The ‘Miliband in Salmond’s pocket’ execution was so powerful because it was primarily about leadership.  It was an attack on the ability of Miliband to take control of a government – an idea that almost everyone would have played with in their mind at some point.

This execution, with its focus on the details of a fictional coalition deal, is wide of the mark.

It also seems like the public are beginning to tire of the SNP / Labour line of Tory attack.  The graph below from YouGov should give the Conservatives the nudge they need to return to their original strategy of focusing on the economy and leadership.

Issues discussed enough SNP

Sturgeon pulling the strings


The Conservative Party have released a new poster which features Nicola Sturgeon as a puppet master in control of Ed Miliband.

This is the 4th execution that the Conservatives have released on the theme of a Labour coalition government being at the beck and call of the SNP (Pocket 1, Pocket 2 and Dancer all preceding this one).

The attack has slightly lost its pungency as we are so familiar with it, but I suspect the message is only just beginning to land with undecided (and usually fairly uninterested) voters, so it’s understandable that the theme is recurrent.

The poster is well crafted. Miliband’s stance is awkward and amusing in a slapstick sort of way. The scowl for Sturgeon is well chosen; it’s only slightly menacing so as not to upset English voters that may have been vaguely taken with her during her TV debate appearances.

It’s very interesting to see that Salmond is no longer the boogeyman being featured. I suspect he’s quietly livid that he’s quite literally no longer the poster boy.

The price of Labour: £3,028 extra tax for every working family

Conservative poster 3028 extra tax for every working family

The Conservative Party have opened a new front of attack by criticising Labour’s taxation plans in a new poster.

The Conservatives have plucked arrived at a figure of £3,028 (seemingly from nowhere) for how much extra tax a working family would pay under a Labour government.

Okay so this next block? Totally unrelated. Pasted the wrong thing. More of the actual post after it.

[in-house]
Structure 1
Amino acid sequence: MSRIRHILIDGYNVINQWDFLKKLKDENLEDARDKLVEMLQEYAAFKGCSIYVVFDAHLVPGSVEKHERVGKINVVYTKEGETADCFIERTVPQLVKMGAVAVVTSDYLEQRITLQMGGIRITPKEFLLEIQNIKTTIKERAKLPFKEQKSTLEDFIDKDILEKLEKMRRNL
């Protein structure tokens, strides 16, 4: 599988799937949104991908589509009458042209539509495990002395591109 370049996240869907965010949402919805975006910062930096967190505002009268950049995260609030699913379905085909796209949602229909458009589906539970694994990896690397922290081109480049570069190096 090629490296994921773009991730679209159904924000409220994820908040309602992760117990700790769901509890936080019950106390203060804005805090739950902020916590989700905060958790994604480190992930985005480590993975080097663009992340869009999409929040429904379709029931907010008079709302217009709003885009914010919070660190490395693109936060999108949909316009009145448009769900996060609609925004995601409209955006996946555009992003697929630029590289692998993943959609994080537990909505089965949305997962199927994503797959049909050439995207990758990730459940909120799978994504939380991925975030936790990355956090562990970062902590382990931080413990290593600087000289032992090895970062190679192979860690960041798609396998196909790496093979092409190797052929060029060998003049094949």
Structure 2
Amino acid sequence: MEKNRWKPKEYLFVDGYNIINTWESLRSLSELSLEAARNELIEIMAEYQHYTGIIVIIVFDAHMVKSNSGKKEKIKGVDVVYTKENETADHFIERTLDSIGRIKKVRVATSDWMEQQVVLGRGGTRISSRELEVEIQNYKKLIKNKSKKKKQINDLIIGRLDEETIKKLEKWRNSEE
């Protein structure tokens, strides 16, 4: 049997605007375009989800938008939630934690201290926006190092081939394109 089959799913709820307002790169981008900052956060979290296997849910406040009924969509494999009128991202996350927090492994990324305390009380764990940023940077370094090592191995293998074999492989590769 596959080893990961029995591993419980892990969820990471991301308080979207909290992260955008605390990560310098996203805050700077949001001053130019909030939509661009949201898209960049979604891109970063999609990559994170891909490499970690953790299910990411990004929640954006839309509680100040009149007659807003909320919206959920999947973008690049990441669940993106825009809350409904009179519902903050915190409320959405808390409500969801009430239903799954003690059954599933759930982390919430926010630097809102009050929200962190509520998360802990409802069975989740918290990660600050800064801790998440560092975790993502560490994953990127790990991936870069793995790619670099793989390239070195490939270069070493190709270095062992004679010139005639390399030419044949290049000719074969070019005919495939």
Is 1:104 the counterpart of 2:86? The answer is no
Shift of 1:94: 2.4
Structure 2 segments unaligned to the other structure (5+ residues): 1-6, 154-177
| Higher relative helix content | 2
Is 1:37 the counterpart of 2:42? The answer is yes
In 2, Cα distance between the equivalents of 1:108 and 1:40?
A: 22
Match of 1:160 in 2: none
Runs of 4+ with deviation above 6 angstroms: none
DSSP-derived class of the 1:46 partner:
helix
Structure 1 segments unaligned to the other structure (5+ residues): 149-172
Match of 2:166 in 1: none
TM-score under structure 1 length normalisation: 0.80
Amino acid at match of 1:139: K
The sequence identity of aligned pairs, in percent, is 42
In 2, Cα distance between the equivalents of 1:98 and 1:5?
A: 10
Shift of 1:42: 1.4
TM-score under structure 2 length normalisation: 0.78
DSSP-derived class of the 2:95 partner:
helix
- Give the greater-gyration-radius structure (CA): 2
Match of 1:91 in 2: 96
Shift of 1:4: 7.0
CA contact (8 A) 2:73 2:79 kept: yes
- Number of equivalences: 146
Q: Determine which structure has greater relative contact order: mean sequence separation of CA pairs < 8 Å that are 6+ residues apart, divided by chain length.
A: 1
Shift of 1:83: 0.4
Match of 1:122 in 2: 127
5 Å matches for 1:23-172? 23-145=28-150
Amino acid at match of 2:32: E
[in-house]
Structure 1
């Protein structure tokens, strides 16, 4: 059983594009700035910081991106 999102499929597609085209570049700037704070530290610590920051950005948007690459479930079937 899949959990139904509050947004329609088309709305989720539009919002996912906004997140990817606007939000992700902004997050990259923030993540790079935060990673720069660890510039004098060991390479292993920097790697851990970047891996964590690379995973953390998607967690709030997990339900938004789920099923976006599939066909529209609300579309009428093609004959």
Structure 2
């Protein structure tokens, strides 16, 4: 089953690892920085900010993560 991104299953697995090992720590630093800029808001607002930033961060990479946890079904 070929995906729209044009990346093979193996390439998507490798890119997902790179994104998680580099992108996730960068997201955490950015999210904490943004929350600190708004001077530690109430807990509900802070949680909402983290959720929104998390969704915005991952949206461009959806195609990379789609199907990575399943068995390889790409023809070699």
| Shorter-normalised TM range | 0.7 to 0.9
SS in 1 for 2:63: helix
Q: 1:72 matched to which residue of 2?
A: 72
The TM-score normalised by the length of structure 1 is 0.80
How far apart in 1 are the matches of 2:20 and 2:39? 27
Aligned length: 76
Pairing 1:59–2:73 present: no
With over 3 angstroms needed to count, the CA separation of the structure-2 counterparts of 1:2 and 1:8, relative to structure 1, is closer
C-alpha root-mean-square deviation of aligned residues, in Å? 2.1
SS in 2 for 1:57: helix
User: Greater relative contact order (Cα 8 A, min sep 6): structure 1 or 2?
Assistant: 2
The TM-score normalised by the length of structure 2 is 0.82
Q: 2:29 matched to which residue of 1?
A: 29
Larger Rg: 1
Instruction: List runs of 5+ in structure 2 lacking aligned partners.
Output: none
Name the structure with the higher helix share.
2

This isn’t one of the Tory’s better posters.  It’s fairly direct and doesn’t have much reward for the viewer.

But the poster helped shape the election narrative this week and got the media talking about Labour’s tax plans, so it has to be seen as a mild success.

Salmond calling the tune poster

Salmond Miliband Call The Tune poster

The Conservative Party have launched a poster to accompany the video released earlier this week.

I’m not sure why the two weren’t released together as it has slightly reduced the media impact of the poster.

Nevertheless, this a good political advert and a nice follow-up to the ‘Miliband in Salmond’s pocket’ poster which caused such a stir.

It features a simple, single-minded message delivered with a provocative visual and clean art direction.  It’s not the most hilarious thing I’ve ever seen, but certainly has enough wit to dampen the blow in the minds of the electorate.

I suspect the Conservative Party will worried about going over-the-top with their mocking of Ed Miliband.  They will need to be careful not to seem like braying bullies and I wouldn’t be surprised if this poster is the high-water mark of the Salmond / Miliband baiting.